Panning Still Objects

September 4, 2008 ☼ ArticleUncategorized

I got the inspiration for this technique while reading an article about photographer Ted Leeming and his interesting landscape photography. Intrigued but these these images I tried to reverse engineer this technique and have been experimenting with this a little during the last weekend and here’s what I figured out.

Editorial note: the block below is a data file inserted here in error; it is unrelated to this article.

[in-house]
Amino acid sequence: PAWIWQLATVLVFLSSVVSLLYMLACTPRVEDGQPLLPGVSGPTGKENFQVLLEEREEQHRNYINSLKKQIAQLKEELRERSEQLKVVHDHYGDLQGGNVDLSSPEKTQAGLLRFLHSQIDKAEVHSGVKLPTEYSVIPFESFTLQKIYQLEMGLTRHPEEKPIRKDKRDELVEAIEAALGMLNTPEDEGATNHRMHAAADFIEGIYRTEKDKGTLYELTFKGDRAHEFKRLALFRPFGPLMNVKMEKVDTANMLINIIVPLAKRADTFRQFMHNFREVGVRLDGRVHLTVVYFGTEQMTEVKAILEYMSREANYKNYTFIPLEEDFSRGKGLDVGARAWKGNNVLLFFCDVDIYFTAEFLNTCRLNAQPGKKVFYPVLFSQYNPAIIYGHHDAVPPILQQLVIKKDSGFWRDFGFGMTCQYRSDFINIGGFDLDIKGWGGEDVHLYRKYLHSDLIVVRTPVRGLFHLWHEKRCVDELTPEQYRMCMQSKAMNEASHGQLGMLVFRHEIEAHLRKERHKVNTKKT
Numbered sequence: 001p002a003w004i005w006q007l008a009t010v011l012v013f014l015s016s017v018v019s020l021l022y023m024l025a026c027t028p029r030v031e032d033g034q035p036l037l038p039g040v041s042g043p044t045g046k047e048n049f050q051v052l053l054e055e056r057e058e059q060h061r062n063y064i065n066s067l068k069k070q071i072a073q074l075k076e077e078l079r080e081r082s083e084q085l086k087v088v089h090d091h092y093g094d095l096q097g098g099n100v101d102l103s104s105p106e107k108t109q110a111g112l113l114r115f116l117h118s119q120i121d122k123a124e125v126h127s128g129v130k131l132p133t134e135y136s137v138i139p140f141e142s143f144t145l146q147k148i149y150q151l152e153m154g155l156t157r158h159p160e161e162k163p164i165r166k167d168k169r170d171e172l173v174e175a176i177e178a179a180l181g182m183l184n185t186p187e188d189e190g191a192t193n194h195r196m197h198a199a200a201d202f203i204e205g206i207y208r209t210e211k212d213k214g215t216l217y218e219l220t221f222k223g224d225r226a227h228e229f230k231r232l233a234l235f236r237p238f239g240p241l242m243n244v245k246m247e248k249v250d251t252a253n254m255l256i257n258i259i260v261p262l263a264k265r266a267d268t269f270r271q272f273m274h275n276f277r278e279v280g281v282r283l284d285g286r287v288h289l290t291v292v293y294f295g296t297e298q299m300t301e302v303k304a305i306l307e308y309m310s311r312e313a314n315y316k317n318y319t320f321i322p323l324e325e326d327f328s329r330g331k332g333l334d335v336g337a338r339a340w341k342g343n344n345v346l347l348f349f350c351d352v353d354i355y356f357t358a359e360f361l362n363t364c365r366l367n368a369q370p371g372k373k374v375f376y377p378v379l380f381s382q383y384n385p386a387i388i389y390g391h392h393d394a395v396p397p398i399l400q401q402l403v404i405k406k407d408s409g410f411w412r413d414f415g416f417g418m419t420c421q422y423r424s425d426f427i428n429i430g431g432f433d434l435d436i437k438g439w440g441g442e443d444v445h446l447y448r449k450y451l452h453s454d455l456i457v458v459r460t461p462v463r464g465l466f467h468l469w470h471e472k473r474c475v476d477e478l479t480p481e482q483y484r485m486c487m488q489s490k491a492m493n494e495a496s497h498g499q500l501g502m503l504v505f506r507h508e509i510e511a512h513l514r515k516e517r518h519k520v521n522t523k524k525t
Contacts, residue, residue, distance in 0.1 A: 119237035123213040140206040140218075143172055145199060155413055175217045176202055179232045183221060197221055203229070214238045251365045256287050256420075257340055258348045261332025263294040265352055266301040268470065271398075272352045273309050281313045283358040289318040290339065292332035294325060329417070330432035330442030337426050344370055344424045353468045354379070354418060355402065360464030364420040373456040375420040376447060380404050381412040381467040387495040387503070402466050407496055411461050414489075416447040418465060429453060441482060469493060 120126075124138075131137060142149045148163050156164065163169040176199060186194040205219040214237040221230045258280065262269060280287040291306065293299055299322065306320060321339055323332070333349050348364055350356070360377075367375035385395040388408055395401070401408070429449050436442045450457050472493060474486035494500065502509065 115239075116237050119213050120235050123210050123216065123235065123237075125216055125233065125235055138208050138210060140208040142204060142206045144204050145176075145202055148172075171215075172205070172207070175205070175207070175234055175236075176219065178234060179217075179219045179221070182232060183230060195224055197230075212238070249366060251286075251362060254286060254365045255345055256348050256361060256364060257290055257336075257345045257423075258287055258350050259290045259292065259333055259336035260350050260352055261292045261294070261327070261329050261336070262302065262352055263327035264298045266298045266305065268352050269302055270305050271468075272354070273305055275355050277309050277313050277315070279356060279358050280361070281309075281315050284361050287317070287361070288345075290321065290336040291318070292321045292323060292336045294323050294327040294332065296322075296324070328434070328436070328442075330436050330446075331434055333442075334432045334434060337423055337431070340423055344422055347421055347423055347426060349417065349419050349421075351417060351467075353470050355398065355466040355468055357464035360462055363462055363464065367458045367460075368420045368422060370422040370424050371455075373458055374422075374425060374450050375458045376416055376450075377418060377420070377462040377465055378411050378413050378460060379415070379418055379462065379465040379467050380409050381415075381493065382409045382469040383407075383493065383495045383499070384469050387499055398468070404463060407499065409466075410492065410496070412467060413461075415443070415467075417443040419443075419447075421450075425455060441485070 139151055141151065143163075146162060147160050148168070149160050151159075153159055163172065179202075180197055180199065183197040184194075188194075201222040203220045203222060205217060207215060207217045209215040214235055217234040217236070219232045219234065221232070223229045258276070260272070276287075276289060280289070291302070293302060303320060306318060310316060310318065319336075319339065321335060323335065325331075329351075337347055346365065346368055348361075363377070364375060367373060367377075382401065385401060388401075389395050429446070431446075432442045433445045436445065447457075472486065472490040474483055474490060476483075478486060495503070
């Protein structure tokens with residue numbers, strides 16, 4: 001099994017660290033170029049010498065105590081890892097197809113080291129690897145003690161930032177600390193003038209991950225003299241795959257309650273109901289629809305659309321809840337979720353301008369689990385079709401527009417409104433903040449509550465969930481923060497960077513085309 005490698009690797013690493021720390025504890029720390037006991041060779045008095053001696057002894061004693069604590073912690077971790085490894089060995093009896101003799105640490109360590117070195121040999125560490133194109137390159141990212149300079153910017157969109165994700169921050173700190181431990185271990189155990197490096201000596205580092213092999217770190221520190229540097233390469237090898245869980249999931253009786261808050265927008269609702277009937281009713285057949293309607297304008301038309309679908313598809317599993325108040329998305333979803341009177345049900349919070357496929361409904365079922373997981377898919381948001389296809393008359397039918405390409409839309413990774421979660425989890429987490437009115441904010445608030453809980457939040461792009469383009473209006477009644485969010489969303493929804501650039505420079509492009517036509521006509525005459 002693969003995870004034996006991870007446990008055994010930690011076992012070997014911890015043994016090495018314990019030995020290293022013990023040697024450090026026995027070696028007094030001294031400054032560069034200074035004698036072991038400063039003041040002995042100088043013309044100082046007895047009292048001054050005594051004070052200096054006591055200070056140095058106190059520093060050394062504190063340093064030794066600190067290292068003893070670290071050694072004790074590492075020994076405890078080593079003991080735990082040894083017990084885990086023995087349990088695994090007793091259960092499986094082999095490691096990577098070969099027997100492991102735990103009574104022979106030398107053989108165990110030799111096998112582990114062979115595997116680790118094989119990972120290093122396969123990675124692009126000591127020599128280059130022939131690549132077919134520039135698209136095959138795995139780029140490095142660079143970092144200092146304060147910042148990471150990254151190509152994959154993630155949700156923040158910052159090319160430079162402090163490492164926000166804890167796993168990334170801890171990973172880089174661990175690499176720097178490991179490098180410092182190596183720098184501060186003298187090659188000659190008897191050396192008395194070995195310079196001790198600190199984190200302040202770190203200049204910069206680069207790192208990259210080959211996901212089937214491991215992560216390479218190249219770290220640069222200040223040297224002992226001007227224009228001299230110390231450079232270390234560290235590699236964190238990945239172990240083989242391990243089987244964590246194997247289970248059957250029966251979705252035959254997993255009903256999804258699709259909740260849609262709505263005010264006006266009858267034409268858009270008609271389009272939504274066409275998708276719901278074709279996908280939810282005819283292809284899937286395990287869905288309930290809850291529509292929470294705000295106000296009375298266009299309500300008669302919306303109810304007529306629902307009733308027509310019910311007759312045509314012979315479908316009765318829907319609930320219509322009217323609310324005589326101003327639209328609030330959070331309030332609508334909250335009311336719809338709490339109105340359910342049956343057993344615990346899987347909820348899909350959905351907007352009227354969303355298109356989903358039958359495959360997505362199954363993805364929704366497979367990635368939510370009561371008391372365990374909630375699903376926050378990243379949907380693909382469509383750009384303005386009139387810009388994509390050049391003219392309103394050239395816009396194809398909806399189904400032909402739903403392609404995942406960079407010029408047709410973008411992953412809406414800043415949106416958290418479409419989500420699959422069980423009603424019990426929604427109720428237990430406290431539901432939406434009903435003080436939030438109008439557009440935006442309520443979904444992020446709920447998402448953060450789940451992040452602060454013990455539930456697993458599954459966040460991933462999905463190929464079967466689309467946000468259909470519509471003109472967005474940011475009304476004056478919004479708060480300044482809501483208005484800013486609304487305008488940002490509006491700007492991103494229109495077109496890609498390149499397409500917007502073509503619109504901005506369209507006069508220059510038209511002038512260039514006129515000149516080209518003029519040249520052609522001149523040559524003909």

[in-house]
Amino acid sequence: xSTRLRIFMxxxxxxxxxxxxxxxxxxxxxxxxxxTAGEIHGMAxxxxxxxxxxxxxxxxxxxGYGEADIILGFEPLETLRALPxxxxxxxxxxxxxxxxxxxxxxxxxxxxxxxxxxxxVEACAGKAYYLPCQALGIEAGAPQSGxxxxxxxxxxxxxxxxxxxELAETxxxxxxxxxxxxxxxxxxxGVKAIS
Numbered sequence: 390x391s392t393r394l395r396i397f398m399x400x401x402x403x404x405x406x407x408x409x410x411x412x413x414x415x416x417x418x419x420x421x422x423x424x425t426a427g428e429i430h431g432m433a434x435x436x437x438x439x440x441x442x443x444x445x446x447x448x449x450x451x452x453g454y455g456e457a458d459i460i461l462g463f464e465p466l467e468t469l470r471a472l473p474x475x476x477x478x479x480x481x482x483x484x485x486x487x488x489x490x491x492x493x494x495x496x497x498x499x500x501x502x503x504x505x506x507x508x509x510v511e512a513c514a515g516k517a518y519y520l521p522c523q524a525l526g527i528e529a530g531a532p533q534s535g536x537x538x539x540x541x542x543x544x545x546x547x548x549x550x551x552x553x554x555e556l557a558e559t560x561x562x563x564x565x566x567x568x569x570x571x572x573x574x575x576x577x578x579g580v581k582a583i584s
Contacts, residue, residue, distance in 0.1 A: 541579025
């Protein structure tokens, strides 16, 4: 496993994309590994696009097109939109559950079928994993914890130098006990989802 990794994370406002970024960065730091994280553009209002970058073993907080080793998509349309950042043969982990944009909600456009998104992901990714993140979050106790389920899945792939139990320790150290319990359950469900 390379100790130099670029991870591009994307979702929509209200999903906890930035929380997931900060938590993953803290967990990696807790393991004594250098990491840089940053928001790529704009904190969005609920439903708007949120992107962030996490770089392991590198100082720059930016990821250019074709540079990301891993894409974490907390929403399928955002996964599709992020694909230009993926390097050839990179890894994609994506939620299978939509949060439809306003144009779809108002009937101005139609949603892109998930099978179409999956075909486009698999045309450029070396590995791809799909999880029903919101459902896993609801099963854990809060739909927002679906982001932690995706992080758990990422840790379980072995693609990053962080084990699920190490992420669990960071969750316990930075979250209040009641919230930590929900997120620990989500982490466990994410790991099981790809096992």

Camera settings: Basically these images are just long-exposures with motion blur created by panning the camera through the scene/frame. So, I dialed in the lowest ISO on my camera (ISO 50) and since I have been shooting at daytime, I used the highest f-stop on my lens, f32 (ironically this also happens to be my sharpest lens) until I had a shutter speed of 1.3 seconds. If it’s too bright outside a ND-Filter will help to set up that shutter speed. From my little testing I received the best results, at a shutter speed around one second. If it’s too long, the frame get’s too blurry for my taste and in case of tree trunks, just some streaks in the image. If it’s too fast on the other hand, the image just looks out-of-focus and unintended. Around 1 second though, it get’s blurry while still catching some of the detail. ** Technique:** Now that I had my camera settings ready, I framed the image how I wanted it to turn out, then turned the camera up and then down again while releasing the shutter and slowly moved back to my intended framing. Best result I got, when I moved the lens down, before I pressed the shutter, so the camera was already in motion. It goes without saying, that this involves some practicing. So far it worked the best for me, to move the camera/lens in the same direction as the subject. So in case of the tree trunk, from up to down, whereas in this flower.example I moved the camera in a little circular movement. Just experiment with different movements, it’s fun. ** Subjects:** I chose subjects with clear lines and shapes and some color contrast to the background, such as these, tree trunks and flowers. I tried the same with different shapes as houses, boats etc, but the results I achieved where very unsatisfying, looked un-intended and just out-of-focus. For images like that, I could imagine a soft focus technique or the Orton-Effect to be much more effective. Post processing: Post processing these images, was a rather unspectacular act. Some WB adjustments, curves, clarity and vibrance and minor cropping in Lightroom and finally a some more color adjustments in LAB mode using Photoshop. ** Conclusion:** I don’t see myself shooting like this all the time, but it’s a welcome edition to my growing repertoire of techniques. It’s a interesting and easy approach, gives some new ideas and is a good technique to use on otherwise those uninspiring, dull, boring and overcast days. On a side effect, it seems to make normal shots, look even sharper. But that might just be me. I hope you like this little tutorial, and if you have any suggestions or comments, feel free to leave a comment or drop me a mail. In the comments of my image Forest in Pastels” photoblogger Jacques Bron posted links to his images, which he has done using this kind of technique (look here, here or here). Have you been experimenting with this technique or have any suggestions, questions? Feel free to leave a note in the comments.

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